When your child comes down with strep throat, you may be inclined to think, “Who’s next?” That doesn’t have to be the case. While this illness can be passed easily from one person to another, there are ways to prevent strep throat from spreading.
The bacteria that cause strep throat are in the nose and mouth. Coughing or sneezing causes droplets carrying these bacteria to transfer to surfaces or other people.
Washing hands often is the most effective way to prevent infection. That goes for preventing the patient from spreading their bacteria and preventing healthy individuals from transferring strep bacteria from to their own nose or mouth. Washing hands is especially important before preparing food or eating.
Covering coughs and sneezes with tissues is always a good idea. This prevents strep throat bacteria in droplets from becoming airborne and being breathed in by healthy bystanders. You also should be careful not to drink after someone who has strep throat. Bacteria can remain active on surfaces.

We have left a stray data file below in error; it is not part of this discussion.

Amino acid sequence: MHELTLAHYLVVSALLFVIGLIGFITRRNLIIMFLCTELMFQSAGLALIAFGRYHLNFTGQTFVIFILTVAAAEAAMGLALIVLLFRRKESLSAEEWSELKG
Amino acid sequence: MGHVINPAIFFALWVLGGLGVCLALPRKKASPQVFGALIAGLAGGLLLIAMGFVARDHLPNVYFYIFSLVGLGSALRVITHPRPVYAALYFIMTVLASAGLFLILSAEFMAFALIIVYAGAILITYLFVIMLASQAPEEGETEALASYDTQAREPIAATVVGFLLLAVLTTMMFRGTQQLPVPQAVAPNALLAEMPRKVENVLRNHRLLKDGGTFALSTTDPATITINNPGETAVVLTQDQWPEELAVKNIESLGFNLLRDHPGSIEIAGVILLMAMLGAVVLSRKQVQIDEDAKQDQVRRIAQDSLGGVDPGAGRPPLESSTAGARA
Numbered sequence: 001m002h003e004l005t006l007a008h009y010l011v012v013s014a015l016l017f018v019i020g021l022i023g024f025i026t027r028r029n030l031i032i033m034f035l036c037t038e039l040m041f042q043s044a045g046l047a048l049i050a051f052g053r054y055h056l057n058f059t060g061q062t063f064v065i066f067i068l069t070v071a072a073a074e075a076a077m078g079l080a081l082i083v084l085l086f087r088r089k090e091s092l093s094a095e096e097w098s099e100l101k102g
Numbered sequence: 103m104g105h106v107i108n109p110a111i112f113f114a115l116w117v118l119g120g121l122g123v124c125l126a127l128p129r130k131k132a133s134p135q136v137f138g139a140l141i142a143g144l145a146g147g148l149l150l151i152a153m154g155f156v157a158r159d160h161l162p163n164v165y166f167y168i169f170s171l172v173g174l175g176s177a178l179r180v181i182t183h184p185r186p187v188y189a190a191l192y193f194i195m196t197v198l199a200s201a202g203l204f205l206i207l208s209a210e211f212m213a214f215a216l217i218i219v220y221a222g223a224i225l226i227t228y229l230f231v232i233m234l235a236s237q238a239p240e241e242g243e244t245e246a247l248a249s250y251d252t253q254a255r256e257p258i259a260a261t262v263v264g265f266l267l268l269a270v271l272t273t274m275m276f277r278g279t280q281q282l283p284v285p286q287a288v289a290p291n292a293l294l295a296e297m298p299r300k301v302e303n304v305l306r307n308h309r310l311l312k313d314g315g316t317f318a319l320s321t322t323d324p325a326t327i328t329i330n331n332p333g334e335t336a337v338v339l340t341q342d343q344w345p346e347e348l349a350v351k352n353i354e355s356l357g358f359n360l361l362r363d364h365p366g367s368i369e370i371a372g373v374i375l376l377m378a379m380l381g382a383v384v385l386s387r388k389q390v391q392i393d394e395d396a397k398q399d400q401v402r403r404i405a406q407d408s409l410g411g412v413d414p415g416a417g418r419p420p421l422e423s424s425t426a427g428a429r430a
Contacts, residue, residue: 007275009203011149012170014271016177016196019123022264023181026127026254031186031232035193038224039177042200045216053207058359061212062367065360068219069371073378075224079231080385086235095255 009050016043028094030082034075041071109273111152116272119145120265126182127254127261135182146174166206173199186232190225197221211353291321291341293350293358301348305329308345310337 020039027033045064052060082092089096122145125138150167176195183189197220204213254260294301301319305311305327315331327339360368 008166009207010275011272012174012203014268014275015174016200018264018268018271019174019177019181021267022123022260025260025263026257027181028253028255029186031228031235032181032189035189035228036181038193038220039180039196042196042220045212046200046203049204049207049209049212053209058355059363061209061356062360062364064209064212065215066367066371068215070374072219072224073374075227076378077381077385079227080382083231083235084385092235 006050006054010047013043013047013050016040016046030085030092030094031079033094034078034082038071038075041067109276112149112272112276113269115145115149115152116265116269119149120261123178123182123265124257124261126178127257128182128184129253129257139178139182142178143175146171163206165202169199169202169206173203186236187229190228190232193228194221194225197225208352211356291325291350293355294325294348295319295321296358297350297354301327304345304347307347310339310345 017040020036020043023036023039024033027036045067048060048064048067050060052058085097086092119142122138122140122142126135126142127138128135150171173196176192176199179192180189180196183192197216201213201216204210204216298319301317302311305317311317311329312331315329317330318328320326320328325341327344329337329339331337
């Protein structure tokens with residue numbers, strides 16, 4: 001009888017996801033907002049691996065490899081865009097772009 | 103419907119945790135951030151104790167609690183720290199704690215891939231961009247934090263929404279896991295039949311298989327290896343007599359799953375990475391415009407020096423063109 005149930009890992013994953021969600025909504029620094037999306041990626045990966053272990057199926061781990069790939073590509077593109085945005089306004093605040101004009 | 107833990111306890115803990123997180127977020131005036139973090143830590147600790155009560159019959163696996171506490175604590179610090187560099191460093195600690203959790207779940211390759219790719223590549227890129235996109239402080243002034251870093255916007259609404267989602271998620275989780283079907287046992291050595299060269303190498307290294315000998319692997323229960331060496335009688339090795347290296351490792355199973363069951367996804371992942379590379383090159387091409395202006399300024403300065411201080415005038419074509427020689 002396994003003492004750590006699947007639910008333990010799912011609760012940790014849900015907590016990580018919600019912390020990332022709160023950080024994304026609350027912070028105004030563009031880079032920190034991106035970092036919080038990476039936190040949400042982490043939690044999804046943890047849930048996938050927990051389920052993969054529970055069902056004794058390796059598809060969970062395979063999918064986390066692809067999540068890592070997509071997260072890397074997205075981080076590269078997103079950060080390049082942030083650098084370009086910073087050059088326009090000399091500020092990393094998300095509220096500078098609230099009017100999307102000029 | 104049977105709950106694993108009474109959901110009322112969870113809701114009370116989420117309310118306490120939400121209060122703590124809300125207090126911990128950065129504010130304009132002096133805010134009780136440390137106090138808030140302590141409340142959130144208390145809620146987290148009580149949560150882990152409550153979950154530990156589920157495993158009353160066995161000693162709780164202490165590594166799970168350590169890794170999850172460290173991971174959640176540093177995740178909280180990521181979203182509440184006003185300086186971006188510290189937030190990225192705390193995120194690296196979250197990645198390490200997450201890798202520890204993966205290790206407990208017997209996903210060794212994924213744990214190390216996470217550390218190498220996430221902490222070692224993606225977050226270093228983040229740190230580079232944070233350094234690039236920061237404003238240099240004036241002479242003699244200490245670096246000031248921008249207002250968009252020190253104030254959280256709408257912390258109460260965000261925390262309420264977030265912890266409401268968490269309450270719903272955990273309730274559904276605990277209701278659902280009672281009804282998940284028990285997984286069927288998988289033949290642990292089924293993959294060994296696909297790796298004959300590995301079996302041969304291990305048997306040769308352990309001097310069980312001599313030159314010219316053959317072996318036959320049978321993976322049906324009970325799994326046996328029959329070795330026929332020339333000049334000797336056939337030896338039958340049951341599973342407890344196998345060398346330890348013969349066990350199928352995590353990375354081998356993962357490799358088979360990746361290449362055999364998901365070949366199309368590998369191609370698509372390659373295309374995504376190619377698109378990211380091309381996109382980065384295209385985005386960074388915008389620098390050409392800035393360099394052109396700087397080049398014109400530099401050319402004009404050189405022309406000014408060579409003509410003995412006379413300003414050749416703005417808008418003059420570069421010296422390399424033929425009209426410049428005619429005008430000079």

Avoid rubbing your eyes, nose or mouth unless your hands are clean. If you’ve touched a surface or object containing strep bacteria, you may infect yourself this way. Use disinfectant to kill bacteria in areas that may have been contaminated.
If you suspect you have strep throat, try not to come into close contact with others. Stay home and avoid public areas such as school or work where others may become infected. Schedule an appointment with your health care provider and allow your body to rest.
Norton Children’s Medical Group, affiliated with the UofL School of Medicine
Antibiotics often are prescribed to combat the infection. Individuals are generally still contagious until they’ve been taking antibiotics for 24 hours. Once this time has passed and you no longer have a fever, you are at a lower risk to infect others. If your child has strep, replace their toothbrush once they are no longer contagious.
Failing to seek treatment can result in longer periods of contagiousness and the development of more serious conditions such as rheumatic fever.
Strep throat may seem like a mere inconvenience that can be powered through, but taking the time to allow yourself to heal is worth it. You’ll thank yourself when you feel better faster, and others will thank you for not getting them sick too.